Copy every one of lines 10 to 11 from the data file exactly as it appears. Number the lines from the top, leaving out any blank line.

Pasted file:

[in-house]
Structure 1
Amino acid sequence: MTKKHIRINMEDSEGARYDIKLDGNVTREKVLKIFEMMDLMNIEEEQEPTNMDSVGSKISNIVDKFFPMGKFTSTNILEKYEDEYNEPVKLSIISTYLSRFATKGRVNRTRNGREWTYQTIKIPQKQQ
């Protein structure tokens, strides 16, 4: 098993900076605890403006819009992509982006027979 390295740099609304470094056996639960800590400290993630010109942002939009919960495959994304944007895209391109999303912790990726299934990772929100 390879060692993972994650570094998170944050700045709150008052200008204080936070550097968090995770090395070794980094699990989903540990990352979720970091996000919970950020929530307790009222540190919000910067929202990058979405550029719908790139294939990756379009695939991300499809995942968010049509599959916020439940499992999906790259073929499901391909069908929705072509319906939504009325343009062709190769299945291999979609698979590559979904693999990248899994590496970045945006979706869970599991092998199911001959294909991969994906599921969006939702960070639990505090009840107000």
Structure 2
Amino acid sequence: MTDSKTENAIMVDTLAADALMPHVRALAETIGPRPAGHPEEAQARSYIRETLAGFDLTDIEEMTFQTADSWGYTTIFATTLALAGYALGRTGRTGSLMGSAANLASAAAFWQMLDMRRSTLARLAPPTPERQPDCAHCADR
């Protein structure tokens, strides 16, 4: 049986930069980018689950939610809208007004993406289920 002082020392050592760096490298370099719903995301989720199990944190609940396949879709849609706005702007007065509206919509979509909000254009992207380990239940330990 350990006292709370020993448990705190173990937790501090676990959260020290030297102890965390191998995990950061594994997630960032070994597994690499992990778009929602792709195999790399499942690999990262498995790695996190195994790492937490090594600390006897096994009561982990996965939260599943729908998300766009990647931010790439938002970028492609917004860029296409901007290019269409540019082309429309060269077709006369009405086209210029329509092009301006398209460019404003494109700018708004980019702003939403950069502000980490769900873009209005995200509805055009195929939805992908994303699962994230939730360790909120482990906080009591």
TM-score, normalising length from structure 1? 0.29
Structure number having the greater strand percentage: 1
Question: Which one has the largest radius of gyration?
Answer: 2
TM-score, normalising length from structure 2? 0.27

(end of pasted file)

Question: Which one has the largest radius of gyration?
Answer: 2